Melanie Fiona often plays the standby to someone who’s emotionally abandoned her — a lover who’s thrust herself completely into unrequited love. “I’d make the perfect wife,” she sings in “4 a.m.,” a tortured torch ballad about waiting for her man to come home, featuring little more than synths dripping faintly, like a leaking faucet.
But, as a soul singer who’s flirted with reggae backbeats, then won two Grammys for a duet with Cee-Lo Green (“Fool For You” won Best R&B Song and Best Traditional R&B Performance), Fiona actually enjoys flirting — with genres, anyway. “I wanted to keep the versatility that I come with, to be able to flip my look and flip my style up whenever I want to,” she says, of her recent decision to sign with RocNation.
So throughout The MF Life, Fiona shifts from soaring arena sing-alongs to funky kiss-offs without hesitation, thanks to a wide range of producers (including Salaam Remi, Andrea Martin and No I.D.) and complementary collaborators (Nas, John Legend, fellow signee J. Cole). eMusic’s Christina Lee talked with Fiona about The MF Life, Sade and standing up for herself.
On why she now calls her music “stadium soul”:
Think big. Think world arenas. Think loud acoustics, soulful drums and soulful voices. Just sonically, it’s a big-sounding album, but, in true fashion, it’s about highs and lows. There are very full songs in this album, and then there are quieter songs as well. It can be more intimate but still feel full. And truth be told, I got spoiled on tour. I loved hearing my songs in big arenas, and I just got used to it. So when I got off tour, that was just the state that I was in. I wanted these songs to be full. I wanted it to be bigger than The Bridge.
On the most nervous she’s ever been:
I was in L.A. for a private event with Debra Lee, the chairman of BET. We all sat at her table, and across from me sat Prince — so I’m already shook because Prince is sitting in front of me. But the time comes for me to perform. I go backstage to get myself together. I’m terrified. My manager comes and asks me what’s wrong. I said, “Oh my god, Prince is out there. Oh my god, I’m so nervous. I’m about to perform in front of musical royalty right now. This is insane. What if I’m not good enough? What if I suck?” She just looked at me and goes, “You don’t suck, so you have nothing to worry about.” I said, “But what if I suck today? I can’t suck today. Prince is out there.” And she said, “You don’t suck, and Prince is going to see that. You’re going to be fine. Just go out there and do what you do. It’s not about who’s out there — it’s about you.” Prince came up to me afterward, and he just shook my hand and said, “I had no idea.” That’s what he said!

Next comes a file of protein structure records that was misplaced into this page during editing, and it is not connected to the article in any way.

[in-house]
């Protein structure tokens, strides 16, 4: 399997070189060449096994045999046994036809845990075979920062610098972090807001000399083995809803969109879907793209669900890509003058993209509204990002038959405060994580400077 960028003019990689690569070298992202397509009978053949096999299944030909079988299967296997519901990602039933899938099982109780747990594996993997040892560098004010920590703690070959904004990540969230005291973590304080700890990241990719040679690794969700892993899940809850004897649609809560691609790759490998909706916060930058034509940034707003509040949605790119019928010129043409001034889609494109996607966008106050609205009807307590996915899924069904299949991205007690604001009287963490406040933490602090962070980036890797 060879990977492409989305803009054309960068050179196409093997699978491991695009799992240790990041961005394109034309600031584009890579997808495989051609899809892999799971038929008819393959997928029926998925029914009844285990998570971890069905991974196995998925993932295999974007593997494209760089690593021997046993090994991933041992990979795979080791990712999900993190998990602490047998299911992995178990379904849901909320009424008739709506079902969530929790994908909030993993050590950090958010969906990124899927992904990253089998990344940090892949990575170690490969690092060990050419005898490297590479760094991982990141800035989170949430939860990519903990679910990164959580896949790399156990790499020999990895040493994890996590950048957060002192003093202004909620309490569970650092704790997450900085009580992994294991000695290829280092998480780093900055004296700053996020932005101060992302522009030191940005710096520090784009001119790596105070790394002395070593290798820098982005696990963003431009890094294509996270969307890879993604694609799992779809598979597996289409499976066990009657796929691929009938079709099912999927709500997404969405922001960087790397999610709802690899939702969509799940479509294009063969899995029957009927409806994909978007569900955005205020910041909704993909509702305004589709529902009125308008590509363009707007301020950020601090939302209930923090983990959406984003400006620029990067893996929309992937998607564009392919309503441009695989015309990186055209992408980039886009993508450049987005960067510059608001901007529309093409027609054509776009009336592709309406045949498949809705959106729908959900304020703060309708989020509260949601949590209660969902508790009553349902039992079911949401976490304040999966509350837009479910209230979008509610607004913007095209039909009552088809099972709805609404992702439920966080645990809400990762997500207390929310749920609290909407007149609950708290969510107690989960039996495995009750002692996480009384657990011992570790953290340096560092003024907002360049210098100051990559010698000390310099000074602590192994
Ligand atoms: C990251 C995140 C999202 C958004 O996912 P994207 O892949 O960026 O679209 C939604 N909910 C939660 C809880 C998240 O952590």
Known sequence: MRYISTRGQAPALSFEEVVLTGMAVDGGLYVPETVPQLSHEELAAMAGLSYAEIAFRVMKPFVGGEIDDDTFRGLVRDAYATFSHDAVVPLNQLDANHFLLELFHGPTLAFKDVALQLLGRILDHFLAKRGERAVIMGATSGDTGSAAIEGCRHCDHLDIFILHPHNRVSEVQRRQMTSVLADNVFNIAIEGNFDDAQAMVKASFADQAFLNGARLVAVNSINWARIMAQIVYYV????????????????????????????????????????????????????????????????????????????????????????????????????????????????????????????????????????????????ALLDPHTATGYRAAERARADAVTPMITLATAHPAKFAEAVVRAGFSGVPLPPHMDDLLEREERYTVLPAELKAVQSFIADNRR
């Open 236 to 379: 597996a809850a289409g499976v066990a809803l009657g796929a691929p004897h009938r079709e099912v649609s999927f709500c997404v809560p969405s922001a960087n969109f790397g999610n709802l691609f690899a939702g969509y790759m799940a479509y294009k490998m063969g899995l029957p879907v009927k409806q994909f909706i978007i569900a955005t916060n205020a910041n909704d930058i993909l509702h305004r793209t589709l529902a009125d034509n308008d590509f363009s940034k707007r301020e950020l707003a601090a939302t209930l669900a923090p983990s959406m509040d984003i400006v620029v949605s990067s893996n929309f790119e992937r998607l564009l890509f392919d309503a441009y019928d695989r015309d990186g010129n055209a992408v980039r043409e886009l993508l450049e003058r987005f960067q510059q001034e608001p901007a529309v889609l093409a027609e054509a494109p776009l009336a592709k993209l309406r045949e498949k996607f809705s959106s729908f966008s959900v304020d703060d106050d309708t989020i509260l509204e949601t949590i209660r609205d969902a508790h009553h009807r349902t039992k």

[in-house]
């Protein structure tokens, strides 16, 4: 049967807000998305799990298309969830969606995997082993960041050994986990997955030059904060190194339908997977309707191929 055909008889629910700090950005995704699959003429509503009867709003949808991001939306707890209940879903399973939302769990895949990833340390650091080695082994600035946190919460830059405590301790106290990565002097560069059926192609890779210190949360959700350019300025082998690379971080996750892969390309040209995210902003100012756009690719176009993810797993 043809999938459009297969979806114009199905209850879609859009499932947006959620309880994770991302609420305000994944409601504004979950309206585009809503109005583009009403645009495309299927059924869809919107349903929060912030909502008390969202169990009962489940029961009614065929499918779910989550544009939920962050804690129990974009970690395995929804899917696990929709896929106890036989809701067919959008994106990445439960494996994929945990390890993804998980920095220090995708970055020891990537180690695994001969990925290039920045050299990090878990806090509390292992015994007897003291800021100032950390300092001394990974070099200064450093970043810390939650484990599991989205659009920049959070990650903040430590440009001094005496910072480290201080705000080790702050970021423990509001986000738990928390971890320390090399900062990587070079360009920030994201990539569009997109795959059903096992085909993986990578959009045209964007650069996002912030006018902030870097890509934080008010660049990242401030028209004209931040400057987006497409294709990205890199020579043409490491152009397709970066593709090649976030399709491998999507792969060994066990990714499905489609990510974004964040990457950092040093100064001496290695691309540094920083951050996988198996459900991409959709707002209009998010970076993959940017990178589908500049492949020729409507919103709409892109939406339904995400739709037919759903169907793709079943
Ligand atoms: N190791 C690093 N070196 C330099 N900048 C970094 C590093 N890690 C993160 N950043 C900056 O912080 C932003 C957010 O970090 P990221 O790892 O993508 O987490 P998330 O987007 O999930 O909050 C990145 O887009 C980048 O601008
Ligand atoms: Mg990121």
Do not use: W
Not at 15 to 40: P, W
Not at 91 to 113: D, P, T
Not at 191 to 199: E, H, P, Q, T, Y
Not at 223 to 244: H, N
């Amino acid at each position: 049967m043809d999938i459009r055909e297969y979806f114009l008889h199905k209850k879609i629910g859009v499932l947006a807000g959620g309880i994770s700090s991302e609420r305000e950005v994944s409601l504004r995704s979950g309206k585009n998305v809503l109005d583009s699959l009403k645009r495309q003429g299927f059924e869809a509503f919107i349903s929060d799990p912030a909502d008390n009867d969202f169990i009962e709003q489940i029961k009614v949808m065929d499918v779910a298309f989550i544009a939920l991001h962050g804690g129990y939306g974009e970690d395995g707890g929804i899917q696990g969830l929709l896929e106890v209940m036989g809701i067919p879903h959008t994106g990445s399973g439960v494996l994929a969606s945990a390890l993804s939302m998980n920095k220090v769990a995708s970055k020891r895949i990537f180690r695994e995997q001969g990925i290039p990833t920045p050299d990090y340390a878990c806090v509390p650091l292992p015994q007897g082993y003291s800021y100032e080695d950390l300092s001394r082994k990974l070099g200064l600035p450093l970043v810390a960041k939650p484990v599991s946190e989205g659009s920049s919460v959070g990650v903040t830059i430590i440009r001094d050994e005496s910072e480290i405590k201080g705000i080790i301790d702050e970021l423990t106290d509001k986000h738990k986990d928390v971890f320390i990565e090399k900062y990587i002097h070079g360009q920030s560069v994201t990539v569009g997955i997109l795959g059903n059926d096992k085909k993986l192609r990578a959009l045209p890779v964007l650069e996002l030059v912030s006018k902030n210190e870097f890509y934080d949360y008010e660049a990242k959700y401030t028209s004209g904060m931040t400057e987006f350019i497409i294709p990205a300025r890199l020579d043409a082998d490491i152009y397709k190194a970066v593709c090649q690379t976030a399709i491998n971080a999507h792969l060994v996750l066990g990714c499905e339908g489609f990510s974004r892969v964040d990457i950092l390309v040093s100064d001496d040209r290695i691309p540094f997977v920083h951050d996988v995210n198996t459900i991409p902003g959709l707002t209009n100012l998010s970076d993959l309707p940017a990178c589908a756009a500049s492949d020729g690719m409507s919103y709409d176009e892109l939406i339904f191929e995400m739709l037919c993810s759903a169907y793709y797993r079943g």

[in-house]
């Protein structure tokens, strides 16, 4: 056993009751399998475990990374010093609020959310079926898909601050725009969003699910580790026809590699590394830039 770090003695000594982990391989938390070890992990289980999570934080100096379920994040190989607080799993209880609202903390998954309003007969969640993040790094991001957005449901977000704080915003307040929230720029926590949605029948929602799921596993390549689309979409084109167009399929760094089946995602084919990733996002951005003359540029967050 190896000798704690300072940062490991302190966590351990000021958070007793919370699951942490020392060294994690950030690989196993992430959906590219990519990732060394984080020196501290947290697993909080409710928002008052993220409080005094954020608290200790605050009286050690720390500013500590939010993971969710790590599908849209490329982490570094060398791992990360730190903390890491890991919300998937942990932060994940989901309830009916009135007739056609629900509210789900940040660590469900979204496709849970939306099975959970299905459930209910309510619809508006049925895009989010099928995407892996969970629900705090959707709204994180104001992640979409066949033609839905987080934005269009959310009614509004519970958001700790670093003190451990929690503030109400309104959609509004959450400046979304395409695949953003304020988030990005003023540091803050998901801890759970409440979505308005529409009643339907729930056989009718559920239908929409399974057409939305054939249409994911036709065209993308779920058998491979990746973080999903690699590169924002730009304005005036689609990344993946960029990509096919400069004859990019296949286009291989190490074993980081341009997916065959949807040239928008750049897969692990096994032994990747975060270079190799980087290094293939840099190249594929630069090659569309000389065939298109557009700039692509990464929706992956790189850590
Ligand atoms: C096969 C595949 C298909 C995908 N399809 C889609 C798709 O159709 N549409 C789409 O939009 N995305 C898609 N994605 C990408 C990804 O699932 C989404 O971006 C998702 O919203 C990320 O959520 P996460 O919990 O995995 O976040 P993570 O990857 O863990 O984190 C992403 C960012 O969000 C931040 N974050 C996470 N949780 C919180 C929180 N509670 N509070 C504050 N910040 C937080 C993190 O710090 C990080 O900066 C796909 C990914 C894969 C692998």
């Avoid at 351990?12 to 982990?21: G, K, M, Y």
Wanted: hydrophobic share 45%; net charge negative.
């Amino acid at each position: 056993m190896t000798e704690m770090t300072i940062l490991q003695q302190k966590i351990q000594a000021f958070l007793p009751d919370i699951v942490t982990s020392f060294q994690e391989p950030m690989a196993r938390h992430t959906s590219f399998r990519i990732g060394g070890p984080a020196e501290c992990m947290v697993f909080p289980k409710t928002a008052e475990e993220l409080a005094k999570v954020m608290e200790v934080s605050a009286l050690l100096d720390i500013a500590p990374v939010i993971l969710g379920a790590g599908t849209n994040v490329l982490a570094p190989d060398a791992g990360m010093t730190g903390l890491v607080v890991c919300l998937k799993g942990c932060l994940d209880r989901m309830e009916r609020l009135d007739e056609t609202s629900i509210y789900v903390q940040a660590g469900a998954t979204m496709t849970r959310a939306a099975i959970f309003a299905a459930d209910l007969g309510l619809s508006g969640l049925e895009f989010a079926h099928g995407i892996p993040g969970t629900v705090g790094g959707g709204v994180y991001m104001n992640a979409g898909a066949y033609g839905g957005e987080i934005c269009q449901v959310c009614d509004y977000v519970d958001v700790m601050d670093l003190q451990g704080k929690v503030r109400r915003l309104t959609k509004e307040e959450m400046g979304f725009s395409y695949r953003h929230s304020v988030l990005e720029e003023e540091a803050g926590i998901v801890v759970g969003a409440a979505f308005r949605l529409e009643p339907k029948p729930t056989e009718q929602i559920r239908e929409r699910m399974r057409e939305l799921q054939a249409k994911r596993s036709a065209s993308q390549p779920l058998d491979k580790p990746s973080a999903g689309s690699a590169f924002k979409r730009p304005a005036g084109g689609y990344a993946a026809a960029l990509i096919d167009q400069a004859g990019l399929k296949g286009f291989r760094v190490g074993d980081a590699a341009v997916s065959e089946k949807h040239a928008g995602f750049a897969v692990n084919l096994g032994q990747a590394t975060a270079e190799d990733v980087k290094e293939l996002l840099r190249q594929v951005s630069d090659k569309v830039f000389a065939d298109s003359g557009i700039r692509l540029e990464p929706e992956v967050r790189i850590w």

On how she empowers herself:
I normally go to the place of being a woman, really, and what it takes for a woman to feel empowered. That’s a real big focus for me — owning your confidence, owning your sexiness, having people trying to tell you “no” for being a woman a lot and able to stand up and say “yes,” [as in] I’m going to stand up and fight for what I believe in. I think of Sade, who is sexy, strong, beautiful and intelligent. When I think about the fans out there who have supported me through my music, I think about the things that I want to get through to them.
I’ve experienced people telling me, “Oh, you may want to take off some clothes.” “You might want to be sexier.” “You might want to dress ‘sexier’ aka more scandalous.” I have no problem speaking to any stylist and saying “no.” I have no problems telling an executive “no,” photographers “no.” Truthfully I haven’t done anything that didn’t feel comfortable doing, that I’m going to feel tormented or scrutinized over. I’d rather be criticized for doing something I believe in and feel comfortable doing, than something I know I’m not comfortable doing. So I’ve definitely had to put my foot down and say, “I’m not comfortable doing that. What’s the compromise here?”
On what “MF” stands for, maybe:
I had a ring I used to wear that just said MF on it, and everyone was like “Oh my god, your initials are MF. That’s so dangerous.” I was like, “Are you serious?” Then I realized where people’s minds were going. From the first album to the second album, I experienced a lot of triumphant moments, a lot of slumping moment, a lot of ups and downs. So “MF” became “The Magnificent Fantastic Life” at the top, and at the bottom it’s like, “Oh, don’t you hate that? He is such a motherfucker.” I kept it really ambiguous so that people could develop their own interpretations, decide what MF stood for. It just worked out, and it was my greatest lesson in terms of moving from the first to the second album — that life is full of ups and downs, and you have to find the balance in between.
The one thing I wanted to get across to everybody is, I want to encourage people to live their MF Life every day, whatever MF is.